The ocean is packed with over 300 different types of shrimp. While most identify shrimp with the commercially available ones, there are a handful of others that many aren’t aware of, such as the pistol shrimp and mantis shrimp. These shrimps are known for their powerful defense techniques, some of which can instantly kill a larger animal or human. Below you’ll discover more about the differences between these two shrimp and how they protect themselves from predators and who would win in a fight, should the occasion ever arise
What is a Pistol Shrimp?
A pistol shrimp is known for its asymmetrical claws that produce a loud snapping sound when clicked together. When it pinches prey with these claws, it sends a stun gun-like sensation through their body to paralyze them, a feature that gives them their unique name.
What is a Mantis Shrimp?
A mantis shrimp is covered in colorful scales and uses its forelimbs to strike prey. Their forelimbs are so strong that one punch will immediately knock down and kill the target.
What are the Differences Between the Two?
There are quite a few differences between the pistol shrimp and mantis shrimp.
The pistol shrimp only measures 1-2 inches long and has a gigantic claw on one side of their body. This claw contains a propus which has a slight pocket in it. This produces a loud snapping sound when clenched together. The pistol shrimp has a vibrant red color but might have a few white spots or stripes on it.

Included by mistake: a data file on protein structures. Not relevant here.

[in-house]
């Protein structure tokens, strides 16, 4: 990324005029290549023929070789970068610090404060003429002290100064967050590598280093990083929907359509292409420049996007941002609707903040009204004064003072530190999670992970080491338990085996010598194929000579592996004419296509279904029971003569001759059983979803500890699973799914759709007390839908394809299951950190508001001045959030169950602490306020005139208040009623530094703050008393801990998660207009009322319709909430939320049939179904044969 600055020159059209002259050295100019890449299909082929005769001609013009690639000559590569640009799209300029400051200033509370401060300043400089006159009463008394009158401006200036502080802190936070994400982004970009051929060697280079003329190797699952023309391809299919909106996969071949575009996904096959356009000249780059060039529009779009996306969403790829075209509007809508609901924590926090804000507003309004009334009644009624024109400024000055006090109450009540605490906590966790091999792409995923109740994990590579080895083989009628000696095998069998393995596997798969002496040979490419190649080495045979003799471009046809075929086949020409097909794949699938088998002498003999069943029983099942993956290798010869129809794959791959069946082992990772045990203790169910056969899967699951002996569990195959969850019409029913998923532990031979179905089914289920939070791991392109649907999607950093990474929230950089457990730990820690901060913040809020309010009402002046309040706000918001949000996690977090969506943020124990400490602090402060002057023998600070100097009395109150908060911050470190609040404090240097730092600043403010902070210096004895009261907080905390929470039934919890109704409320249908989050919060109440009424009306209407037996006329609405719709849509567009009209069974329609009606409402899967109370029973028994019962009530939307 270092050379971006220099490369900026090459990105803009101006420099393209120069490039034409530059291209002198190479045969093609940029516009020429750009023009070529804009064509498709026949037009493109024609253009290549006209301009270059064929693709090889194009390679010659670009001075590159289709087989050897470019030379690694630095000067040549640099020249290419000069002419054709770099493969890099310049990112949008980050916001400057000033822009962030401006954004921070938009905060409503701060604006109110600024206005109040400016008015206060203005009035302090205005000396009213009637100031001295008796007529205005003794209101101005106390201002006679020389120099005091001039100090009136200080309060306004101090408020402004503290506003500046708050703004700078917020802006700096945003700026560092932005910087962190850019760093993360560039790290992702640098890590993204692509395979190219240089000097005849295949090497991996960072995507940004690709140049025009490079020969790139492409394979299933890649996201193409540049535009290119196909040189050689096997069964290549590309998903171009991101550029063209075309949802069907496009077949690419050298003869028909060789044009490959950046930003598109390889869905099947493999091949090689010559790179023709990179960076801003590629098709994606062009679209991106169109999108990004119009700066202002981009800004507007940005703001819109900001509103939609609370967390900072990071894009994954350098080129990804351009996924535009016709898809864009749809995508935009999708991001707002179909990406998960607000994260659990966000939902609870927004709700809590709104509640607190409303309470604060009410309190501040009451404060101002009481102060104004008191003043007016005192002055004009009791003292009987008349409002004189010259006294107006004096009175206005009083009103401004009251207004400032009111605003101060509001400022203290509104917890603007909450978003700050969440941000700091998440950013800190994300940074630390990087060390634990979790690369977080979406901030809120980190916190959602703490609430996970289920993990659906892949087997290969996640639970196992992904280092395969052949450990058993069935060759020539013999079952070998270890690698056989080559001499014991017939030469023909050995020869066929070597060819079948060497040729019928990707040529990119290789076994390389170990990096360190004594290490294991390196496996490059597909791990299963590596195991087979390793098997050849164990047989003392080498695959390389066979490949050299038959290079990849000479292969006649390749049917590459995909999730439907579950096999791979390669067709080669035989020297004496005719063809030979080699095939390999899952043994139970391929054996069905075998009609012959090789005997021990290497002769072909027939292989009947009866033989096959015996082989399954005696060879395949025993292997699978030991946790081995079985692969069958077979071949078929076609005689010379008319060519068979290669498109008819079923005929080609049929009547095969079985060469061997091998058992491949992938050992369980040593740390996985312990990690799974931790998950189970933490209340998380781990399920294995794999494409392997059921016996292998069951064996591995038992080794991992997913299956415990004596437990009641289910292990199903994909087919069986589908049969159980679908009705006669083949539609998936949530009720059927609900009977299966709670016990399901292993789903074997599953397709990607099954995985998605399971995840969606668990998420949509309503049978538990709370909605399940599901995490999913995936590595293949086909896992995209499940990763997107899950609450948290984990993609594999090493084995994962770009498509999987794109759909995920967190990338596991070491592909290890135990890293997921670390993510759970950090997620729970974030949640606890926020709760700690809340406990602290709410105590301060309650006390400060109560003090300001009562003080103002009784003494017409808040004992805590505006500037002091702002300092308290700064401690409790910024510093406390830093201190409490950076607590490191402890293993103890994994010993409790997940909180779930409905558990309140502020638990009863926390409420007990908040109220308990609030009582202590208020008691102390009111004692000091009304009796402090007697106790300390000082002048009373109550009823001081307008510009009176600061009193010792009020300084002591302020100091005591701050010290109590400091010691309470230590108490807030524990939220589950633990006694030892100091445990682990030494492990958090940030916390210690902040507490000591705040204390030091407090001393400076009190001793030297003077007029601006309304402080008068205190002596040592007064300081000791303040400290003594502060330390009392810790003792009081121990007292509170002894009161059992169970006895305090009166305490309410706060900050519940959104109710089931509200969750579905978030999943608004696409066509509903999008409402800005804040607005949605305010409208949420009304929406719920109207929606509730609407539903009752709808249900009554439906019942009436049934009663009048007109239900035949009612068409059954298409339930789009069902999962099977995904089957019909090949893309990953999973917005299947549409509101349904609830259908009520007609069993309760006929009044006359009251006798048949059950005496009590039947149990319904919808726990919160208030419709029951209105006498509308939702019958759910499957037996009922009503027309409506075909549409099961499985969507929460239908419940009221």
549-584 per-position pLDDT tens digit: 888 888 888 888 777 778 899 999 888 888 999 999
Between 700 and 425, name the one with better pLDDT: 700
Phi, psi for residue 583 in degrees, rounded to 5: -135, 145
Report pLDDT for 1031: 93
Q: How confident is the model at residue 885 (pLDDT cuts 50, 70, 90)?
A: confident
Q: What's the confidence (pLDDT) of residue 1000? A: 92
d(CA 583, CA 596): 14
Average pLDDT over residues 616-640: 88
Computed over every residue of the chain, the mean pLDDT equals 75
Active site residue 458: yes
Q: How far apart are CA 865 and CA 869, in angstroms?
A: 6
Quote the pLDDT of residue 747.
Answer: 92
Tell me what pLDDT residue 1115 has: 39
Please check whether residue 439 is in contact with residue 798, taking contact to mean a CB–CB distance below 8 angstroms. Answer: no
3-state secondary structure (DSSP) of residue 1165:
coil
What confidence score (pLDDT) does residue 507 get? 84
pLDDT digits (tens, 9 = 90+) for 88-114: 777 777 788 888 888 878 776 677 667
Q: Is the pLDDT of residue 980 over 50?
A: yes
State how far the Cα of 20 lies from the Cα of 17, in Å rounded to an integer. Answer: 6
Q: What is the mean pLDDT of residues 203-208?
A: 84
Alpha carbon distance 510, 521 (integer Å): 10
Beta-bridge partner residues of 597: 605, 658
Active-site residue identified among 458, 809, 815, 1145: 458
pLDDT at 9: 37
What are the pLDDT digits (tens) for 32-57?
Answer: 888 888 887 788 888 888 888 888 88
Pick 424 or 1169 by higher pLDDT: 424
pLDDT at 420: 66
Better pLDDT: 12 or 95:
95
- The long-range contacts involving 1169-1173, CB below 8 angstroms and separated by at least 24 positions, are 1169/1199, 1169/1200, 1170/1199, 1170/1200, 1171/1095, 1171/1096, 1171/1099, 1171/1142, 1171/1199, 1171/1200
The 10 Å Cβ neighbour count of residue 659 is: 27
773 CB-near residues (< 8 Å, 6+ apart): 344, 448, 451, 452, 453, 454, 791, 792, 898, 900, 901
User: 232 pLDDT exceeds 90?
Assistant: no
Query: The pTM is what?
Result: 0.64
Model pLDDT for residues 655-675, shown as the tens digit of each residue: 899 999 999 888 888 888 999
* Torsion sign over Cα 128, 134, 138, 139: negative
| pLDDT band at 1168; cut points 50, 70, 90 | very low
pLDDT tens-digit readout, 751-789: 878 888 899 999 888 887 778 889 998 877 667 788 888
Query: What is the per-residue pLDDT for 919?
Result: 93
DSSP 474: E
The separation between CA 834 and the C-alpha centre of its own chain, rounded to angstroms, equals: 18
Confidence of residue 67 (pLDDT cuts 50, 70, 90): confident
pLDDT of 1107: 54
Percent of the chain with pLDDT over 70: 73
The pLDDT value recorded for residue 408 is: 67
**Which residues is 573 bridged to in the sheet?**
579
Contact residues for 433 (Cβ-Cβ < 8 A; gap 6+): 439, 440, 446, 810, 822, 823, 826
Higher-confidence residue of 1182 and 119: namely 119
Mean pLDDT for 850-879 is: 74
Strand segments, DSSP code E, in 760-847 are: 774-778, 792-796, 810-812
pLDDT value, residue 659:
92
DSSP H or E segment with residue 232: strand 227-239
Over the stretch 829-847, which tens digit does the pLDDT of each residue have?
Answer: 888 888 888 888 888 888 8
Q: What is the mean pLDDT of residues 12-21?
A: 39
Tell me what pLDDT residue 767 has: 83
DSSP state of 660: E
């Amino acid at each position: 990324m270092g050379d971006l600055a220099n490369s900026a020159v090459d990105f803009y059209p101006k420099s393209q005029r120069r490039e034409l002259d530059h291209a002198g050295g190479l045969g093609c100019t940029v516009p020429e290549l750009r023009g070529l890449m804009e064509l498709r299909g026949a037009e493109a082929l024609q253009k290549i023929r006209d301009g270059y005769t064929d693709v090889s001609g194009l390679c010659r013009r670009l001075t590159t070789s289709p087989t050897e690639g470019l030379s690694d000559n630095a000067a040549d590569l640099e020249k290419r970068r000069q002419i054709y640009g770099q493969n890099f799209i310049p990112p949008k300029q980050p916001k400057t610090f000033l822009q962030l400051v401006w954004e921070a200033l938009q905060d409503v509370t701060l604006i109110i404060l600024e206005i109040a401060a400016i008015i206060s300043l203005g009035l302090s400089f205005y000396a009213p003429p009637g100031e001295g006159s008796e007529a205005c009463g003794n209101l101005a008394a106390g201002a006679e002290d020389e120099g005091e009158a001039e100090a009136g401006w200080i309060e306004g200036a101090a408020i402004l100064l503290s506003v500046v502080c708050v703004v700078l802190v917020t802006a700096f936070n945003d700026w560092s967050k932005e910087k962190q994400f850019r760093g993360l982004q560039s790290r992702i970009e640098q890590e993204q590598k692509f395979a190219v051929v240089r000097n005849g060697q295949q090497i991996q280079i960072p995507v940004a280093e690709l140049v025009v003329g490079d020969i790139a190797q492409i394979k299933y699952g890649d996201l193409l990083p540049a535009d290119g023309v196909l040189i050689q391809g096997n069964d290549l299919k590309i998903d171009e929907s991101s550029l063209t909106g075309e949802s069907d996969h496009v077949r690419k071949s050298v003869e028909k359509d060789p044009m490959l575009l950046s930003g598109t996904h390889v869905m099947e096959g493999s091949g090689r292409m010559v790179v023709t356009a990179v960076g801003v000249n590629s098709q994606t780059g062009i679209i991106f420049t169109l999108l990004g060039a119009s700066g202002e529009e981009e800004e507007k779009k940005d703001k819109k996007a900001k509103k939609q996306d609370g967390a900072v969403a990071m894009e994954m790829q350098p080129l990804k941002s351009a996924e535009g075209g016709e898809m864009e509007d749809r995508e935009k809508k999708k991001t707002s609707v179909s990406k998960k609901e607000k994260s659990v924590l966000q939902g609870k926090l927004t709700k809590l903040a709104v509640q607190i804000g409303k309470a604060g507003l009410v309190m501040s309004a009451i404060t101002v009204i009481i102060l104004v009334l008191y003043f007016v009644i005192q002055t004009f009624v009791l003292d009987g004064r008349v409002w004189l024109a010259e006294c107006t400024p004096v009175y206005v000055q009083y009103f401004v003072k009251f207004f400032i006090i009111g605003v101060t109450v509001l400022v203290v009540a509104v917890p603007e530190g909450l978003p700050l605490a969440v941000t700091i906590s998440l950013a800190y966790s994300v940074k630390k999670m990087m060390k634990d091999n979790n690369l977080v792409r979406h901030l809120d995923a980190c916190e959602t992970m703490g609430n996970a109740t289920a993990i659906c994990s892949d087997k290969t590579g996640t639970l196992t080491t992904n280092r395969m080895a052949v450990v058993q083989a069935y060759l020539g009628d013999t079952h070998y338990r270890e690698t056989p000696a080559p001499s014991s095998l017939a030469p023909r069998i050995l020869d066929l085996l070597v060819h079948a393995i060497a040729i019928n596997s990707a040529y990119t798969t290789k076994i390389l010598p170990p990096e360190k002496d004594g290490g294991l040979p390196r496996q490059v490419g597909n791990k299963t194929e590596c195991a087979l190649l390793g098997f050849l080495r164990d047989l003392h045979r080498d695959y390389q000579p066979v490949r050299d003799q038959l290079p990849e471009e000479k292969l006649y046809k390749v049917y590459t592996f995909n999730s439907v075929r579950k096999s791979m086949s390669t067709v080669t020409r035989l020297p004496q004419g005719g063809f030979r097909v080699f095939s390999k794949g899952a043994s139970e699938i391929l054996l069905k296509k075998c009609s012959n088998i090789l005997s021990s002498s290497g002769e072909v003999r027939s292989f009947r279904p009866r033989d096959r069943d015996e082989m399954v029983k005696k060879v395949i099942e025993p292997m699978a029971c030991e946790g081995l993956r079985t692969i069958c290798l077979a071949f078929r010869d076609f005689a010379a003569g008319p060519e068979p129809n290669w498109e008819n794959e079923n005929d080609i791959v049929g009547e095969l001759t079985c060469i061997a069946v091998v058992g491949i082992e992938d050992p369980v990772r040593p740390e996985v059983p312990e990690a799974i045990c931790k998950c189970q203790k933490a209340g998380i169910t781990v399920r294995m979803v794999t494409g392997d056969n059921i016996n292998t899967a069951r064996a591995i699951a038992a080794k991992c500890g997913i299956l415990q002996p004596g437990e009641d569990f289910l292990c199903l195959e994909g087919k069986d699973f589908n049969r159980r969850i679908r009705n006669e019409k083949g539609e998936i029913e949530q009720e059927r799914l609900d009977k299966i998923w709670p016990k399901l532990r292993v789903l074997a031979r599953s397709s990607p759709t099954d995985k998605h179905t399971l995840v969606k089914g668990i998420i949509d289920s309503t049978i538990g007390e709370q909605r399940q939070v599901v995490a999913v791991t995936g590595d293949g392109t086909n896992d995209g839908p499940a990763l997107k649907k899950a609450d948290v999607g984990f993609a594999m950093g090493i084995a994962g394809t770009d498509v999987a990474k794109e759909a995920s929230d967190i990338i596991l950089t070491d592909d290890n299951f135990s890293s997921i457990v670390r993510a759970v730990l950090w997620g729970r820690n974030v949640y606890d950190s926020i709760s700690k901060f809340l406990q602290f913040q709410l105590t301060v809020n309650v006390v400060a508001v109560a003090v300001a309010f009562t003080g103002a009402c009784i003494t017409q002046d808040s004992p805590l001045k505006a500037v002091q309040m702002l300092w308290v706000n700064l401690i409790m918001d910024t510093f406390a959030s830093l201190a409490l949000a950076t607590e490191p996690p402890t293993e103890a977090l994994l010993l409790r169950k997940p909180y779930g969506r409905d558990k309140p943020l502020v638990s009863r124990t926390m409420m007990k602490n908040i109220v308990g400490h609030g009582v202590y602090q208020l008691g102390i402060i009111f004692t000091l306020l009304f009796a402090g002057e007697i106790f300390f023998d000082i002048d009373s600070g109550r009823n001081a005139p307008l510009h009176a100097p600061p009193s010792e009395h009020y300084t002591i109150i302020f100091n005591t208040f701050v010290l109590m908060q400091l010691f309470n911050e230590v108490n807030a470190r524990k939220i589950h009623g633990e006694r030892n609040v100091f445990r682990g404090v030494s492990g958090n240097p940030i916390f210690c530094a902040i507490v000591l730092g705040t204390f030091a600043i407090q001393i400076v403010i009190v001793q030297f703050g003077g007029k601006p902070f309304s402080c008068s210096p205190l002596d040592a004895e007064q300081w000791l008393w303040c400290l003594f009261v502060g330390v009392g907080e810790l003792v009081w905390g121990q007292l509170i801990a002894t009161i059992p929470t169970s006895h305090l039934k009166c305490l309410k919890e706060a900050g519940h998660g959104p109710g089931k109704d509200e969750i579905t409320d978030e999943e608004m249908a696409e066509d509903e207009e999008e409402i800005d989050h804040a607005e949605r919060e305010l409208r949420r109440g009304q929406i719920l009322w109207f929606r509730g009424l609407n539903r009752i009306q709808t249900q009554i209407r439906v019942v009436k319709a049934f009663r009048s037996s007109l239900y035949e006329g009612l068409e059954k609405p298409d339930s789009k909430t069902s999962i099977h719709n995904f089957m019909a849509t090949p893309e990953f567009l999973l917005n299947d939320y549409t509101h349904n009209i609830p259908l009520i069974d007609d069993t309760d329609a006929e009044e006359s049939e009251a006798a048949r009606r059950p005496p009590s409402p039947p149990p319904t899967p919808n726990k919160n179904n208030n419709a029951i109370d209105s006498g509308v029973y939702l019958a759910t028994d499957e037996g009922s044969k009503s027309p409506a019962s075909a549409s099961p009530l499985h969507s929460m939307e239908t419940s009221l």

Unlike the pistol shrimp, the mantis shrimp is extremely vibrant in its appearance. This shrimp will vary in its color combinations with some having flashy red and blue colors while others are solid green. At 8-10 inches long, it’s much larger than the pistol shrimp.
How They See Prey
Pistol shrimp can see a few colors with their eye photoreceptors, but their eyesight is somewhat dull. A mantis shrimp is one of the only creatures to see circularly polarized light. This includes horizontal, vertically, and diagonally. Their eyes are also able to rotate both clockwise and counterclockwise. This can help them to see their prey better.
Where They Live
While both of these shrimp enjoy somewhat warm water, their natural habitats vary. The pistol shrimp is usually found in tropical or temperate climates and enjoys hiding in coral reefs.
On the other hand, mantis shrimp like to live in sub-Antarctic water and will create burrows to live in. While most are nocturnal, a few will leave their burrows during the day to hunt for food.
Both of these shrimp have very vast diet needs. Pistol shrimp will munch on other small shrimp, like mysis and brine. Some might even try getting at small crabs, but they don’t usually succeed in this.
Because mantis shrimp are much larger, they will need bigger prey to survive on. This includes crabs, fish, and worms.
Pistol shrimp tend to have more predators than mantis shrimp because they are easier to catch. Some of the main pistol shrimp predators are triggerfish, lionfish, hawkfish, and wrasses. Mantis shrimp need to watch out for humans, bluefin tuna, and barracudas.
How Does a Pistol Shrimp Defend Itself?